The place where we started from isn’t always the place that we call home.
Growing up in Athens, to a soundtrack of British rock and pop songs, Helen had always dreamed of living in London. Now that she’s finally there, armed with the knowledge and certificates that deem her prepared, she’s ready to find her place in the city that she loves and embrace everything it has to offer, free of preconceptions that would hold her back. Or so she thinks, until she finds herself trapped inside a song – her Designation: Common People.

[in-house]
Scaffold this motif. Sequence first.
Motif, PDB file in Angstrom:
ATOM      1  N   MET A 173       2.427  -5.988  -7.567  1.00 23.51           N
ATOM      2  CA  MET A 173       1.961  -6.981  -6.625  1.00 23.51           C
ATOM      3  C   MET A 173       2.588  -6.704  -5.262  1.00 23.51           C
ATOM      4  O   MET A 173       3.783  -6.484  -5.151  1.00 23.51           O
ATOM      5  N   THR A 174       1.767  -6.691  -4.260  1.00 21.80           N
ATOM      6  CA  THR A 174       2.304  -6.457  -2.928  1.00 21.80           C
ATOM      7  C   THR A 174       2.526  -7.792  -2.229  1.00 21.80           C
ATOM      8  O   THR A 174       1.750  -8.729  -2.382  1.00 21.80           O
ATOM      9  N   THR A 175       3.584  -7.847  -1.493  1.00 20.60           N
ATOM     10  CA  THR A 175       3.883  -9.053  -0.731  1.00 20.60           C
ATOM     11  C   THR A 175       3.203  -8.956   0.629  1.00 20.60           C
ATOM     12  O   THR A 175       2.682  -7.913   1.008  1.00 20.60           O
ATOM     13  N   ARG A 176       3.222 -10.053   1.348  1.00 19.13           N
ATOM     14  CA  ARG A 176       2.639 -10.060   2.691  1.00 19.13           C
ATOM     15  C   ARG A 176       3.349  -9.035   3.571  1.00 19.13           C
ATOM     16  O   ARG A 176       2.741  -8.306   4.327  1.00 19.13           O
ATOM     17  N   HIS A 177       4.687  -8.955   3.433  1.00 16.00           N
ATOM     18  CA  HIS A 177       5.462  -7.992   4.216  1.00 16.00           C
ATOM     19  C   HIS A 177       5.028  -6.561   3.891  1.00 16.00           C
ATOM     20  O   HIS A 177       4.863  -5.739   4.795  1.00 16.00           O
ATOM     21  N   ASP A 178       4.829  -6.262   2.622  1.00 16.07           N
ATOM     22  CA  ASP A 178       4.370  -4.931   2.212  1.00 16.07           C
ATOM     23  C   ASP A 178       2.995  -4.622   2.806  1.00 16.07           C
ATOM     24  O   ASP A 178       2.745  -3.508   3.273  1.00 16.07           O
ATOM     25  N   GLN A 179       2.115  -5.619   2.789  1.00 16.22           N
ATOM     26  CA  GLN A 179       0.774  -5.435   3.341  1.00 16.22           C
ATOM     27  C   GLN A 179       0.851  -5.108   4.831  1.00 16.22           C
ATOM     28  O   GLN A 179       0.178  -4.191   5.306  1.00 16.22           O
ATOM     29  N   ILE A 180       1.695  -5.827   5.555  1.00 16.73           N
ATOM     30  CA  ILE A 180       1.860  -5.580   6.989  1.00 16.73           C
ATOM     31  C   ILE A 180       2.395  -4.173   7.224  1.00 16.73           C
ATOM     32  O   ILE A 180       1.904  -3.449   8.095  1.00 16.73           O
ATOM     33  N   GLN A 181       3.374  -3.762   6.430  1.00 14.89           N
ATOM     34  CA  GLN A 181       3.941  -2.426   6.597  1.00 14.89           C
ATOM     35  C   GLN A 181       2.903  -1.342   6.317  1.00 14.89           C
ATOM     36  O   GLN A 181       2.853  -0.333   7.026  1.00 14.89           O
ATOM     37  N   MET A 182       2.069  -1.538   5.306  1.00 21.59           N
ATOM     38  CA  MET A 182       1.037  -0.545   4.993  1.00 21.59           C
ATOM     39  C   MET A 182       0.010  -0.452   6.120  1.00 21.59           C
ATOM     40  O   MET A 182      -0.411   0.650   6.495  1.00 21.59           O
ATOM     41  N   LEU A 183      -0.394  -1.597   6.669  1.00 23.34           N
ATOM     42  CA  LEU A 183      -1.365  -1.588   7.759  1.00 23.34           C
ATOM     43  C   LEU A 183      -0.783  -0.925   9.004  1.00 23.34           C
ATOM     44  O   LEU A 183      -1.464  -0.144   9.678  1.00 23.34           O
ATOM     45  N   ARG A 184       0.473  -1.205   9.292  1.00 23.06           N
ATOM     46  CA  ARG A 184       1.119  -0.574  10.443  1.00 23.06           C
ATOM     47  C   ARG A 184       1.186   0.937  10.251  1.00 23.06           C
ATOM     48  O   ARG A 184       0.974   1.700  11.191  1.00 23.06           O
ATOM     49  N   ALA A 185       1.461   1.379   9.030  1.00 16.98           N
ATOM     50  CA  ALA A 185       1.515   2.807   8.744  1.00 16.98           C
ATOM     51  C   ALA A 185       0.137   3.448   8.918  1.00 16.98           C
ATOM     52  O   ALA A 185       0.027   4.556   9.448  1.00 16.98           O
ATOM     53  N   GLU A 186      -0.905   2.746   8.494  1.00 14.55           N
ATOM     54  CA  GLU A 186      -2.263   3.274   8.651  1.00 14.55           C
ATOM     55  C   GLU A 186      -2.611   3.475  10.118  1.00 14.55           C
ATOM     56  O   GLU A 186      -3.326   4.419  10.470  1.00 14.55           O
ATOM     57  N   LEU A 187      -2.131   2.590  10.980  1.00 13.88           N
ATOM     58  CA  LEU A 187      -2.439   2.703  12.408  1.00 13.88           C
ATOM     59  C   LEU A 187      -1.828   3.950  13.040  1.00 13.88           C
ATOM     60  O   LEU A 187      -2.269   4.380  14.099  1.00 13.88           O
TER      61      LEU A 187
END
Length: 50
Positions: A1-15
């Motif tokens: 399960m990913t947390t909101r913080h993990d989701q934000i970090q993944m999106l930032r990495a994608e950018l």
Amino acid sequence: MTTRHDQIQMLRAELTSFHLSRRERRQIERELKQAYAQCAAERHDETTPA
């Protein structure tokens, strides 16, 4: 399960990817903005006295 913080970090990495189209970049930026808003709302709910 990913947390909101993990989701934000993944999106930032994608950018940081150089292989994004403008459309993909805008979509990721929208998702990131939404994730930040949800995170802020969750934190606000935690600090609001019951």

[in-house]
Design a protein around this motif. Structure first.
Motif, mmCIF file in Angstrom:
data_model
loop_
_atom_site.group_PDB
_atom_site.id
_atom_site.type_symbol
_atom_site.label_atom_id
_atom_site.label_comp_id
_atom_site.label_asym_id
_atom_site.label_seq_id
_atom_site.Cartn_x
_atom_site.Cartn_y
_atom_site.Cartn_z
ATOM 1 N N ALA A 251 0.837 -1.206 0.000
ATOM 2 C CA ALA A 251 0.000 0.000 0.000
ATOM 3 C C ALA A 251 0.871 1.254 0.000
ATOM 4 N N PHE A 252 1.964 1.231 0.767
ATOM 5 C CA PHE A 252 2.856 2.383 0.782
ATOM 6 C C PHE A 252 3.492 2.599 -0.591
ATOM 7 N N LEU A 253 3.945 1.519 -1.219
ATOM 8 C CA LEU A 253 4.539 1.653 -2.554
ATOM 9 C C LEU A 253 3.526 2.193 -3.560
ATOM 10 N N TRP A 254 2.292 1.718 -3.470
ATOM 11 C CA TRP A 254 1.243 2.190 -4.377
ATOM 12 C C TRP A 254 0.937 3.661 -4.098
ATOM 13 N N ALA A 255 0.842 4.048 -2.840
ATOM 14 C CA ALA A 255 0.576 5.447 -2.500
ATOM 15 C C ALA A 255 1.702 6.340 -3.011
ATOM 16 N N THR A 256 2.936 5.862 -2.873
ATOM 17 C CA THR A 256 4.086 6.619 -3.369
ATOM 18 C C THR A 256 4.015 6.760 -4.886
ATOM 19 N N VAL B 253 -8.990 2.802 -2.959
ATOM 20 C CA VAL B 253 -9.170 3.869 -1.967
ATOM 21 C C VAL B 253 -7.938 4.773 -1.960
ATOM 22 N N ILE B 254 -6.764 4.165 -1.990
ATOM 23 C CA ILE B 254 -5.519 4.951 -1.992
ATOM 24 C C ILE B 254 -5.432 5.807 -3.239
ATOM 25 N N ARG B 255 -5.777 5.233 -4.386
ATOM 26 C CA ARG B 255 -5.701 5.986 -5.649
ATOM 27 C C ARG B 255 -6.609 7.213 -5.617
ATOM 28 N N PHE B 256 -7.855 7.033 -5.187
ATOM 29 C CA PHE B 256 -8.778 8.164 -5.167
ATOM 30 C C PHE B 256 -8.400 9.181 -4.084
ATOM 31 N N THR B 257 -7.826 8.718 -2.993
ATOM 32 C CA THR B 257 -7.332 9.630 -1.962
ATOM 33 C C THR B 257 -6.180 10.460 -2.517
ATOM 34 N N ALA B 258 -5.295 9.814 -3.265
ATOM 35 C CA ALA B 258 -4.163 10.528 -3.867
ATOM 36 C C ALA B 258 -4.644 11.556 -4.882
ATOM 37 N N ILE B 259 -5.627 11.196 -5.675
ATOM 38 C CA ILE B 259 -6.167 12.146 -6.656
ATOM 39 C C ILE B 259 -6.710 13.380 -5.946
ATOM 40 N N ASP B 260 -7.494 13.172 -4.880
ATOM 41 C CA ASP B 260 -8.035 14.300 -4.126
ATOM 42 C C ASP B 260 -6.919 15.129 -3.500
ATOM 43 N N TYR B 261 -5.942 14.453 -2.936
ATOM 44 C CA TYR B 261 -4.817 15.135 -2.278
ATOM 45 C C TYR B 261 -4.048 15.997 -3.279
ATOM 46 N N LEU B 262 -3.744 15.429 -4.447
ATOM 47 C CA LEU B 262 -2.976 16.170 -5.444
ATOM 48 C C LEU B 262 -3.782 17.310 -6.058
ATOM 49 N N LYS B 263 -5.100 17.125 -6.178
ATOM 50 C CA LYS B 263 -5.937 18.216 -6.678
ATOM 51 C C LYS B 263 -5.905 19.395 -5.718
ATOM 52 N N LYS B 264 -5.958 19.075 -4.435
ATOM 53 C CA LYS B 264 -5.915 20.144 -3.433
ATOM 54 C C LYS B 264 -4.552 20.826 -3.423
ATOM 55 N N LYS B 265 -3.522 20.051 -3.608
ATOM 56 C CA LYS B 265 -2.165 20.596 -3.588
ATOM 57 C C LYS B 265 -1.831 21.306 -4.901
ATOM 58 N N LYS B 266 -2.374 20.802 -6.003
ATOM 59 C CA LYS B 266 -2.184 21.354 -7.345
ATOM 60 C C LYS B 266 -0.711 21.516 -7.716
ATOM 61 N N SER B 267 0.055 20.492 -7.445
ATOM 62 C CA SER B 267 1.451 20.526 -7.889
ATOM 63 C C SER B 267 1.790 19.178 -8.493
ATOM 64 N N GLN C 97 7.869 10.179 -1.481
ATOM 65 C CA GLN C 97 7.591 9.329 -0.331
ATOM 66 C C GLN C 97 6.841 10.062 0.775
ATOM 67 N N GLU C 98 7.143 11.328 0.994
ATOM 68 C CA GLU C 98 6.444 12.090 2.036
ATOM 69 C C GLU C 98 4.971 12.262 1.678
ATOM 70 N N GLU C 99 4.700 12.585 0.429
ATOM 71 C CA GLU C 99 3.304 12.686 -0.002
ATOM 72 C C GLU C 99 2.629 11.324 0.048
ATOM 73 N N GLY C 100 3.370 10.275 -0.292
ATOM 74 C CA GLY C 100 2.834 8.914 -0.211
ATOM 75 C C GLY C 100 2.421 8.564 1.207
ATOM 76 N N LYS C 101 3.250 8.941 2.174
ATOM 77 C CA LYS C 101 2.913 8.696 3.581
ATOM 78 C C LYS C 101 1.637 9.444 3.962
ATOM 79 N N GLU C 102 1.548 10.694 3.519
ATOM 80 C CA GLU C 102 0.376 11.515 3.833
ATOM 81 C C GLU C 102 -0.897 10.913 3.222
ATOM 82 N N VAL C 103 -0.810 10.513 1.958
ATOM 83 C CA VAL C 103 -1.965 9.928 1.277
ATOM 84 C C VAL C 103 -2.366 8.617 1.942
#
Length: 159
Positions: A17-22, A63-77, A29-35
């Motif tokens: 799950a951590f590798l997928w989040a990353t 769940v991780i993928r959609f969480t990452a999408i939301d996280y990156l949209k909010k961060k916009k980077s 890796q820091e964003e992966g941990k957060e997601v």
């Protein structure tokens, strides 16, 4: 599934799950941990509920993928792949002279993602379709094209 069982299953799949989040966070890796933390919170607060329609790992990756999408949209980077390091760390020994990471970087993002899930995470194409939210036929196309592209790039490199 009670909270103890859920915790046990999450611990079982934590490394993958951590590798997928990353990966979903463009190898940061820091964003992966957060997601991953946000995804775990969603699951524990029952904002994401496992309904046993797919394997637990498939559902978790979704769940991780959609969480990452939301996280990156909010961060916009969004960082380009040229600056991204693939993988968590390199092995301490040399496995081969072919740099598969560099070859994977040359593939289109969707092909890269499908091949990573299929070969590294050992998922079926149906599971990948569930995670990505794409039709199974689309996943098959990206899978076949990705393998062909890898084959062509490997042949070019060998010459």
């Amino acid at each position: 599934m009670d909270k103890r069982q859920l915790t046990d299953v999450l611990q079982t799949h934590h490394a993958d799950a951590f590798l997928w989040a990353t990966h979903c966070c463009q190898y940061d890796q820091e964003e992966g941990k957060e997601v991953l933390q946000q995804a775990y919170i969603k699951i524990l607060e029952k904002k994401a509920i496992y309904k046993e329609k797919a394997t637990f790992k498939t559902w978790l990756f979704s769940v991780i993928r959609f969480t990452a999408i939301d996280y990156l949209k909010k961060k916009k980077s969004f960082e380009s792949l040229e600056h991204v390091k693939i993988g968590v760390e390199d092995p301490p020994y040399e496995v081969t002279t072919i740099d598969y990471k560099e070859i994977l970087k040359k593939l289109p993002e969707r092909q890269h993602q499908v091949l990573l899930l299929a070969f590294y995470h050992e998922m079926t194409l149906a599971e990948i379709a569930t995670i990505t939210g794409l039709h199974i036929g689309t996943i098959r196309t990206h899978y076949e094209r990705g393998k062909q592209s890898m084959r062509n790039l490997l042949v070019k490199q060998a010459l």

Set in the late 90s, in a reality only ever so slightly removed from our own, Common People is a novel about identity and belonging, and about how the place where we started from isn’t always the place that we call home. It’s about prejudice and preconceptions and stereotypes and how they shape us and our understanding of the world; it’s about racism and xenophobia, the fear of the other that both unites and divides us, the extremes we go to, sometimes, to protect our identities even as we ostensibly strive for diversity and integration. It’s about British society, and every society that’s ever been challenged by immigration. None of this is new; none of this is old. These are themes running through our history, always: often quietly as undercurrents, until something causes them to burst forth, explode into our lives, forcing us to renegotiate them once again.